In the New Testament, other than the woman at the well in John 4, concubines or live-in sex partners are absent entirely. The Greek pallakē (= pallakis) is only found in the Septuagint and in non-Biblical Greek. Josephus tells us twice that the children of a pallakē are nothoi, that is, not legitimate (Antiquities 2:5, 5:233). We find this same understanding in the Greek orator Demosthenes’s famous line, “Courtesans we have for the sake of pleasure, concubines for the daily care of the body, wives for having children legitimately.” (Against Nearea 59.122)

In Hebrew thought, all other sex outside of marriage is harlotry, zanuth, whether paid or unpaid. Harlotry was a tolerated (but not approved) option only for emancipated women. There was no swinging singles scene in Late Bronze / Iron Age Israel. Premarital sex was rectified by either enforced marriage or by payment equal to what the guy would have paid to marry a virgin (Exodus 22:16-17). And the New Testament clearly teaches that porneia (= zanuth = fornication) is clearly on God’s sin list (see Mark 7:22, 1 Corinthians 5:11 and 6:9, Galatians 5:21, Ephesians 5:3, Colossians 3:5, 1 Thessalonians 4:3, Revelation 22:15).

So what makes a marriage in Biblical times, then? The Bible specifies no marriage ceremony. Isaac appears to simply take Rebecca into his mother’s tent, although a contract is probably assumed. And Ruth proposes to Boaz in a most unusual encounter that even Boaz disavows as a norm to be followed. But the Hebrew Bible speaks of marriage as a covenant (berith), an iron-clad promise (Proverbs 2:17, Ezekiel 16:8, Malachi 2:14).

The rabbis taught that a woman could be betrothed by either money, a written betrothal, or by intercourse (Mishnah, Kiddushin 1:1). But the third option was impractical, because it required witnesses to the couple being alone together who hear the man say, “You are betrothed to me by this intercourse.” Even in this case, however, the resulting betrothal becomes as binding as a marriage, and can be broken only by divorce, as we see in the case of Joseph deciding how to divorce Mary quietly before marriage (Matthew 1:19).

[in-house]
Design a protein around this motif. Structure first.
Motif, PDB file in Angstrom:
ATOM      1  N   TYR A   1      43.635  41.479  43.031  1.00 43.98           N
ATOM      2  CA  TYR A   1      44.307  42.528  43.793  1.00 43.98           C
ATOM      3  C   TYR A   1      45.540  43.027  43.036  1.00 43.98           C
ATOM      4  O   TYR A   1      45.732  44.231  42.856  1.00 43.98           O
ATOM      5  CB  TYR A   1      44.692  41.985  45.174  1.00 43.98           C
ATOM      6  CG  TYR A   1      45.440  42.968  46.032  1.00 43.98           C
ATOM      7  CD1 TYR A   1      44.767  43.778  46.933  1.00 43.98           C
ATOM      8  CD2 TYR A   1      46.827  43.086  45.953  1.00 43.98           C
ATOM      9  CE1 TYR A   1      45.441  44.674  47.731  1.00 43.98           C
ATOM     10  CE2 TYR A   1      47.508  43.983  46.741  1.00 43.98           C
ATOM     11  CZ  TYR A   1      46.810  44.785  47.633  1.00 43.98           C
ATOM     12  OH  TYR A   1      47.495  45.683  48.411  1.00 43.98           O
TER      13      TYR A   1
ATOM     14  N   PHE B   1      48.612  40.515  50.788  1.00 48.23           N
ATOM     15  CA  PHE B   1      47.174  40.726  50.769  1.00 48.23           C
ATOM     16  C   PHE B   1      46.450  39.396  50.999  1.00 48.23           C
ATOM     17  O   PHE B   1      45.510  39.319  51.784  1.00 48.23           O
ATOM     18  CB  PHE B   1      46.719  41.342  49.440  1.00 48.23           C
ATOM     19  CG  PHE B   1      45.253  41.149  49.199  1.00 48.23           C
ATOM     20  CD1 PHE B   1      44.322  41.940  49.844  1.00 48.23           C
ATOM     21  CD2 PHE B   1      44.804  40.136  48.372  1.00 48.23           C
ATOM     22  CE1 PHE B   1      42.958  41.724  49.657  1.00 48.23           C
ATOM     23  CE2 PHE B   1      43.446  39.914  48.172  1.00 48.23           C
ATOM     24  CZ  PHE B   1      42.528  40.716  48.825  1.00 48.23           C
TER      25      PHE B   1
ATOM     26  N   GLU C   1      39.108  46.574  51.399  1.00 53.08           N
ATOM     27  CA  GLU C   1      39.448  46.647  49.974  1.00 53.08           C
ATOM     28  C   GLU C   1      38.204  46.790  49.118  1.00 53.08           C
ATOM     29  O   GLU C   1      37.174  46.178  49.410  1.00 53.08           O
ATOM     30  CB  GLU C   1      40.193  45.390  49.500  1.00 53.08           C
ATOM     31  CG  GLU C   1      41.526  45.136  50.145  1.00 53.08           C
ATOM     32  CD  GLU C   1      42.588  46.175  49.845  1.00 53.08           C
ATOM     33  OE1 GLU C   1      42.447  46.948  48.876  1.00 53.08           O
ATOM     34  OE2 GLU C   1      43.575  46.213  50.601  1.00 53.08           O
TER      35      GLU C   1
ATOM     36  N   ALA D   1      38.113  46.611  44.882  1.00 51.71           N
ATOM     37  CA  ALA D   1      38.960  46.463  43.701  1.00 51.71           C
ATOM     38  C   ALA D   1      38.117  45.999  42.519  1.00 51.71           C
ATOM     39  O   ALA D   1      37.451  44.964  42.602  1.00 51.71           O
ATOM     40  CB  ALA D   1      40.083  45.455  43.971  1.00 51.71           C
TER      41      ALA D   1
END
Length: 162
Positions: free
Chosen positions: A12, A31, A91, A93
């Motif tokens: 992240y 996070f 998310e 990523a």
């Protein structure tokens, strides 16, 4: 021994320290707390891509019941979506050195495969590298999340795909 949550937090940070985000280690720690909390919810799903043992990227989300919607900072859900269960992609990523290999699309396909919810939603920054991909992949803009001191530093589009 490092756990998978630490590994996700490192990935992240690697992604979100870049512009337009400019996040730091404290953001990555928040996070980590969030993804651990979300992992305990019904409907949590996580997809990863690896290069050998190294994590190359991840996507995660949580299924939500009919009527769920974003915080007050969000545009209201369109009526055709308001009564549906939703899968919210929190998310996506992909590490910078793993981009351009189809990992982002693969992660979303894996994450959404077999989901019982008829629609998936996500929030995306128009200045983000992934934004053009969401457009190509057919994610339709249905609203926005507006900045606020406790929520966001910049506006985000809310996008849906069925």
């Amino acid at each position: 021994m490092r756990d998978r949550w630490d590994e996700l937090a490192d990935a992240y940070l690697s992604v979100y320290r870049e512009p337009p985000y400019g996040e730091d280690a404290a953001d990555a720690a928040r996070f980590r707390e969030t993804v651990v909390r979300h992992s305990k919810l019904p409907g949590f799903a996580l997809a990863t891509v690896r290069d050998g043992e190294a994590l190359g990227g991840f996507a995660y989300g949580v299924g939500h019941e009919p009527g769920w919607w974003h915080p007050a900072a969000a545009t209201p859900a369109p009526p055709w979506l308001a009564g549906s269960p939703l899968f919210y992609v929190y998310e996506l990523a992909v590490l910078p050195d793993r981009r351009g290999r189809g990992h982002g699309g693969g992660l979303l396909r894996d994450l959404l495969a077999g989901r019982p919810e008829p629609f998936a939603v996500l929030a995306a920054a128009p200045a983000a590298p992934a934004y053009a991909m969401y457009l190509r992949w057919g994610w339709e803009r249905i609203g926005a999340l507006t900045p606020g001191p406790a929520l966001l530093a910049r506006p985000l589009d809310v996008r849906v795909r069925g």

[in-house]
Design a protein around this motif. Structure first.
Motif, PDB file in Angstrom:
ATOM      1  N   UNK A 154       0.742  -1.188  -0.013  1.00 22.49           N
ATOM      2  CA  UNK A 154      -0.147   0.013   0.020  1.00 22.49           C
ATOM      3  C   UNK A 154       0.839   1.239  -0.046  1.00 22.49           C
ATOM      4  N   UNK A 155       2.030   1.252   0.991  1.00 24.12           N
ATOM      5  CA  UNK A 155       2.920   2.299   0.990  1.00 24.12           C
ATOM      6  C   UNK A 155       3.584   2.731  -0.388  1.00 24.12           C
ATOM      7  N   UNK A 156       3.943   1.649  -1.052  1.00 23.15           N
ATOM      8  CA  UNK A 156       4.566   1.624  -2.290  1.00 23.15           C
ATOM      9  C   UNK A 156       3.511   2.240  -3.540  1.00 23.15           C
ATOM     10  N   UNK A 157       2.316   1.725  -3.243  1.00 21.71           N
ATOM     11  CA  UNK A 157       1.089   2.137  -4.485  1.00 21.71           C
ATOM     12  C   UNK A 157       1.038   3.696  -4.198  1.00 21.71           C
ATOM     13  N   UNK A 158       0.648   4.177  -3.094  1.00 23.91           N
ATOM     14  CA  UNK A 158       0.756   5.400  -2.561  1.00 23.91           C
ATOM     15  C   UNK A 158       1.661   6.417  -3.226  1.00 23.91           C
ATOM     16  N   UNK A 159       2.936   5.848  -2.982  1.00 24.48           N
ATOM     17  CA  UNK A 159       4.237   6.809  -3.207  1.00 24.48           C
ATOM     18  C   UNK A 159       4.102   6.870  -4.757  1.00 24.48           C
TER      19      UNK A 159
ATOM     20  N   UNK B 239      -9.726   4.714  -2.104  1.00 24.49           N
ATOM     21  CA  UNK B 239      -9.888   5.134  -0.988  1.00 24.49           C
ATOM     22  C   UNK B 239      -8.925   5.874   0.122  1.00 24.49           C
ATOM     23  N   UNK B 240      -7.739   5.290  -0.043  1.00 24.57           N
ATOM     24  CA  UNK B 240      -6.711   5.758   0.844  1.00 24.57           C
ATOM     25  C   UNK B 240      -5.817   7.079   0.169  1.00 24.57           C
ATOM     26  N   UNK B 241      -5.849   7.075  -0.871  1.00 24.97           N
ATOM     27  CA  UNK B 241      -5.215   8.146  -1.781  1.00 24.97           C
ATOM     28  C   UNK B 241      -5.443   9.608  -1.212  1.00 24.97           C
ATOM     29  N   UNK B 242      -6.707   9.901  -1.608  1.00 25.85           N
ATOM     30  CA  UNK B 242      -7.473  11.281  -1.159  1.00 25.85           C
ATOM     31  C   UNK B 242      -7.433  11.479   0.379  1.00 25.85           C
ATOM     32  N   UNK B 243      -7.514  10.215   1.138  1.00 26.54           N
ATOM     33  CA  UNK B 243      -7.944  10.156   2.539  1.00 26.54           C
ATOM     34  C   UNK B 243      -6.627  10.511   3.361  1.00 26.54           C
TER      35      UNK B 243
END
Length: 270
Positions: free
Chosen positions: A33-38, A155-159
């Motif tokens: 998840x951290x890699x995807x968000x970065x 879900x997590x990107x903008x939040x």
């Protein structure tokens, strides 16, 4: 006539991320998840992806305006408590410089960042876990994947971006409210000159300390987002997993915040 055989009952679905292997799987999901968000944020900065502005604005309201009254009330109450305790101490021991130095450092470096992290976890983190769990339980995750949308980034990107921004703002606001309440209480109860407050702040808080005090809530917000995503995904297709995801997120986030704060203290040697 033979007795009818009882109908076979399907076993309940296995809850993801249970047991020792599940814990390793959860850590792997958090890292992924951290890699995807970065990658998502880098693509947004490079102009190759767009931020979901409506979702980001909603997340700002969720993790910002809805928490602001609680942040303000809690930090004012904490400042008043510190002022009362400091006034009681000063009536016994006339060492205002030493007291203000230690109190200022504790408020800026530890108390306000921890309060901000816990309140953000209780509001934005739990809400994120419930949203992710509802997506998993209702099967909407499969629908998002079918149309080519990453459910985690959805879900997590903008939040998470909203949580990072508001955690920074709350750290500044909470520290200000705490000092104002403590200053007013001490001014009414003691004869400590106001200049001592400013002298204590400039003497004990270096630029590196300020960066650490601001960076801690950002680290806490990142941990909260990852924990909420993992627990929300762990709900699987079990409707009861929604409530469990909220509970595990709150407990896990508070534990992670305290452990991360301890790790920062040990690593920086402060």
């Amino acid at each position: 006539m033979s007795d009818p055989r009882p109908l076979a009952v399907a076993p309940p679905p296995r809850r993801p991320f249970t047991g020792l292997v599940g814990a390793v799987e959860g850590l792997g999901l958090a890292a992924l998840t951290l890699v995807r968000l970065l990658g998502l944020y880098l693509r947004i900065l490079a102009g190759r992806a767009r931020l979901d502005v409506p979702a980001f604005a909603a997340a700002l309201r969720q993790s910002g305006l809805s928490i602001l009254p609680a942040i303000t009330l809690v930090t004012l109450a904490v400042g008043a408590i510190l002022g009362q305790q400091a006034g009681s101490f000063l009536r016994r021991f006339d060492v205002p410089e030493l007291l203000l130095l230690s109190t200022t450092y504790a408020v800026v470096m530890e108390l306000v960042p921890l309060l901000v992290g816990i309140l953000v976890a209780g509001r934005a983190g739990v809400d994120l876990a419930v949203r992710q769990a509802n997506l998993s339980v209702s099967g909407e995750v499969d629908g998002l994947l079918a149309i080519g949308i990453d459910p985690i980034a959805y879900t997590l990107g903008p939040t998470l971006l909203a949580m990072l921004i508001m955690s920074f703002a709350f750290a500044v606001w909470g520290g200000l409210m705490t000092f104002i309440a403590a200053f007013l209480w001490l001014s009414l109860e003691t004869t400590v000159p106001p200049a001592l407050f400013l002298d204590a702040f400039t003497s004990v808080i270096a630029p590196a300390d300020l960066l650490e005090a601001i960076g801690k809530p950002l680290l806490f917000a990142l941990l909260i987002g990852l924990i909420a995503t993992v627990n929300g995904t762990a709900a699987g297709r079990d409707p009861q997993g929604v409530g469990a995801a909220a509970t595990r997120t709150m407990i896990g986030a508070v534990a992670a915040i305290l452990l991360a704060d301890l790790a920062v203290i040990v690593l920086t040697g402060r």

What was marriage, then? The couple lived apart before the wedding. The wedding was the night when the couple finally moves in together, after the groom concludes the final details of the contract with the bride’s family. The Parable of the Ten Virgins (Matthew 25) and the wedding at Cana (John 2) are the only pictures we have of a Biblical wedding, and neither of them gives us the “how to” details we want to know.

It takes more than the vows of a couple and the pronouncement of God’s representative to make a marriage. But these are where it starts. Without these, we can easily fool ourselves into pursuing levels of intimacy that we should never pursue, with partners to whom we should never be joined. An article by Judith Krantz in Cosmopolitan magazine (October 1976) called “Living Together Is a Rotten Idea” makes a non-religious case against cohabitation that is still valid and convincing today.

Life as a concubine looks like a rip-off. Marriage matters, tremendously. If we are looking for a romantic relationship, we are wise not to settle for less than God’s best.